Maude’s new friend, Dietrich, was a Cappadocian elder. Dietrich had been – up until that night – the seneschal of the Ventrue Prince of Vienna, Valerianus, who had just been assassinated by the Tzimisce for the affront of having dealings with the Tremere.
Fascinated by the ancient and powerful creature, Maude kept him hidden in the crypt of the adjoining chapel until the political situation normalised under the Tremere. Dietrich was eventually able to reveal himself to, and somewhat ingratiate himself with, the new Tremere leadership, but his time as seneschal of Vienna was over. Grateful and intrigued by Maude, the two struck up a friendship, and over the following years spent many nights together as intellectual sparring partners.
Finally, in 1155 at the age of 61, Maude fell mortally ill and was on the brink of death. Dietrich offered Maude the Embrace, and she accepted.
The first few years after Maude’s Embrace were spent in Dietrich’s estate with him and his servant family, the Chrieglers, as she trained to become accustomed to her new form. In particular, she focussed on learning to control her Beast, horrified as she was by its ever-present urgings. She also continued in her role as Dietrich’s intellectual muse, and he as hers, while he taught her the Cappadocian Disciplines.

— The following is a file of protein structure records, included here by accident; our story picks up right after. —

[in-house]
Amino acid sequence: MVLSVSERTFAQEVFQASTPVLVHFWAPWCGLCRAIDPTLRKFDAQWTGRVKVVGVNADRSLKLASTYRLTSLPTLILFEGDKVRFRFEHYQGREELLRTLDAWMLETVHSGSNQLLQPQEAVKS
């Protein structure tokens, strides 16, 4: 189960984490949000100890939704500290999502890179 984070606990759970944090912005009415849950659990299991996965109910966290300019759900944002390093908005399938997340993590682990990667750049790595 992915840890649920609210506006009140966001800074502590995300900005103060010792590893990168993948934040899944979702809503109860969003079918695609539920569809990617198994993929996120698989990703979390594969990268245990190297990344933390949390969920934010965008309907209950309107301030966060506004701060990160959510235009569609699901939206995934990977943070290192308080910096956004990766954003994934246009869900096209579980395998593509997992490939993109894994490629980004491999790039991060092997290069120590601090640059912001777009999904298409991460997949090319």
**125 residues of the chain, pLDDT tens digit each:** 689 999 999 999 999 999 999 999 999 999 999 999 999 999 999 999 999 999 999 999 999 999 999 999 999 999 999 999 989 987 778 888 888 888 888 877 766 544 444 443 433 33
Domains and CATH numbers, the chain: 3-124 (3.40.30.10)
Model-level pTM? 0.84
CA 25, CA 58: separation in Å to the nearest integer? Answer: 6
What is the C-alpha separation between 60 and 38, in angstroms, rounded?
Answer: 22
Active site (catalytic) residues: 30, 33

Over this time, Maude noticed that Dietrich was keeping her somewhat removed from the politics and personalities of their clan. This didn’t bother her much, as she felt the clan obsession with death to be rather nonsensical. Over the centuries the Cappadocians had made some remarkable discoveries in the fields of biology, physiology and thanatology, but they had still made no progress in understanding the final destination of the soul … if there even was one. In fact, there was no evidence that even if they found the answers they sought – a dubious proposition at best – that the knowledge could be put to any practical use.
Maude often queried Dietrich about this, but initially he deflected her questions. Eventually, though, after years of badgering, he finally conceded that he felt much the same way, and was in fact a member of a secret cabal of humanist Cappadocians whose beginnings lay in the disgust they shared at the massacre of the Feast of Folly. Dietrich cautioned Maude that it was imperative to keep their beliefs secret, lest they be punished in the same way the “unworthy” had at Kaymakli.
From that point on, no topic was off-limits between them. Maude confided in Dietrich that her scepticism ran very deep indeed. She doubted any of the accepted accounts of creation or of the birth of vampirism. They were all too biased, too self-important, and provided no evidence, just vainglorious, contradictory verses in alleged holy (and unholy) texts.
What if God wasn’t all-powerful? What if humans and animals were spat out uncaringly by some powerful entity from the demonic realm? Or maybe the creator was a spirit being who was neither omnipotent nor omniscient but merely curious, an amoral observer morbidly interested in observing adversity? What if there was no creator at all, with some innate property of the universe making it possible for life to spring forth from nothing?